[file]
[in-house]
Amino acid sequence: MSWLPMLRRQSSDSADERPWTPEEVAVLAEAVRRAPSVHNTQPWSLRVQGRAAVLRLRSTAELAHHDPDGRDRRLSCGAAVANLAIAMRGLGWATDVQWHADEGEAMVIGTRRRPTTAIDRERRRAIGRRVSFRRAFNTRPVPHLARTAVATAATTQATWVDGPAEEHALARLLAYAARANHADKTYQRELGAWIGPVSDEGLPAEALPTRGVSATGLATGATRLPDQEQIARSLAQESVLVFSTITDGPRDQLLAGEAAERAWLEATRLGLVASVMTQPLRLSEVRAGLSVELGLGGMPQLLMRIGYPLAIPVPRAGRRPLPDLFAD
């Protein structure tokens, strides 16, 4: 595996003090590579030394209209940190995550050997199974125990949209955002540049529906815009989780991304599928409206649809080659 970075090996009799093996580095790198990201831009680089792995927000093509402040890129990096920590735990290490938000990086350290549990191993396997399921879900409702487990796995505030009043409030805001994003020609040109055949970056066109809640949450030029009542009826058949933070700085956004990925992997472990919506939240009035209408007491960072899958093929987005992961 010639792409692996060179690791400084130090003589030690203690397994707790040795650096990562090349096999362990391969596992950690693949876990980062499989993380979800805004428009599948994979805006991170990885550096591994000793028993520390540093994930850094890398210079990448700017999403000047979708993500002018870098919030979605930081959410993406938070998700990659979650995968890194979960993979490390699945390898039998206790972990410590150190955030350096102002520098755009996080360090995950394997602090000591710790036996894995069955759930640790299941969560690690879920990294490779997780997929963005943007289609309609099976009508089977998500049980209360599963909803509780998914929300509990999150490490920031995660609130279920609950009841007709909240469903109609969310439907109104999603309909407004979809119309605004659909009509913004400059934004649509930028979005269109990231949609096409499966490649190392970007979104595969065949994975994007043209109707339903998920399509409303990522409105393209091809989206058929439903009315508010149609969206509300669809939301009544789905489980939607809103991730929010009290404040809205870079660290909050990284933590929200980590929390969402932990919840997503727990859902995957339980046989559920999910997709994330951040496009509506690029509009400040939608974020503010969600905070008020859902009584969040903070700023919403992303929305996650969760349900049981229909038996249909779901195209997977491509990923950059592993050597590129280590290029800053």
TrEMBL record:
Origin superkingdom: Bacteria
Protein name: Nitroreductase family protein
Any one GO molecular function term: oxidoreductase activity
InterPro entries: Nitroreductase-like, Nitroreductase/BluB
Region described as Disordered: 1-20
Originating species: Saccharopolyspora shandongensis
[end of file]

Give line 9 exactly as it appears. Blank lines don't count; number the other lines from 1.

Region described as Disordered: 1-20